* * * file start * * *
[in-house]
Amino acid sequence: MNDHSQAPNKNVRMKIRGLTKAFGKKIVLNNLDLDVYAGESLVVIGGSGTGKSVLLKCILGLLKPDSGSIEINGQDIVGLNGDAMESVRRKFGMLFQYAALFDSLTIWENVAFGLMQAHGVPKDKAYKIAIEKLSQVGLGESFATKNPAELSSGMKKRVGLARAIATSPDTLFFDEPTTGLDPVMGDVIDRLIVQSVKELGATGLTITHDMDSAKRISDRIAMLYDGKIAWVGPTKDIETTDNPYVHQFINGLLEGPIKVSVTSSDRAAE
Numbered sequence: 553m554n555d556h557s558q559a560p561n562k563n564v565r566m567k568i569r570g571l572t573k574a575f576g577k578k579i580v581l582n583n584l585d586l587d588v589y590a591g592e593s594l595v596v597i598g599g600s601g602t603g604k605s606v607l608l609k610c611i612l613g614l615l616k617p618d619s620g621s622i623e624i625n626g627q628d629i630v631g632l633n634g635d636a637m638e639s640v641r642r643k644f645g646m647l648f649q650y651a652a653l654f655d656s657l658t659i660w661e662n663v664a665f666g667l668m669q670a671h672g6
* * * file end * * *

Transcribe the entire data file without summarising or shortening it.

[in-house]
Amino acid sequence: MNDHSQAPNKNVRMKIRGLTKAFGKKIVLNNLDLDVYAGESLVVIGGSGTGKSVLLKCILGLLKPDSGSIEINGQDIVGLNGDAMESVRRKFGMLFQYAALFDSLTIWENVAFGLMQAHGVPKDKAYKIAIEKLSQVGLGESFATKNPAELSSGMKKRVGLARAIATSPDTLFFDEPTTGLDPVMGDVIDRLIVQSVKELGATGLTITHDMDSAKRISDRIAMLYDGKIAWVGPTKDIETTDNPYVHQFINGLLEGPIKVSVTSSDRAAE
Numbered sequence: 553m554n555d556h557s558q559a560p561n562k563n564v565r566m567k568i569r570g571l572t573k574a575f576g577k578k579i580v581l582n583n584l585d586l587d588v589y590a591g592e593s594l595v596v597i598g599g600s601g602t603g604k605s606v607l608l609k610c611i612l613g614l615l616k617p618d619s620g621s622i623e624i625n626g627q628d629i630v631g632l633n634g635d636a637m638e639s640v641r642r643k644f645g646m647l648f649q650y651a652a653l654f655d656s657l658t659i660w661e662n663v664a665f666g667l668m669q670a671h672g6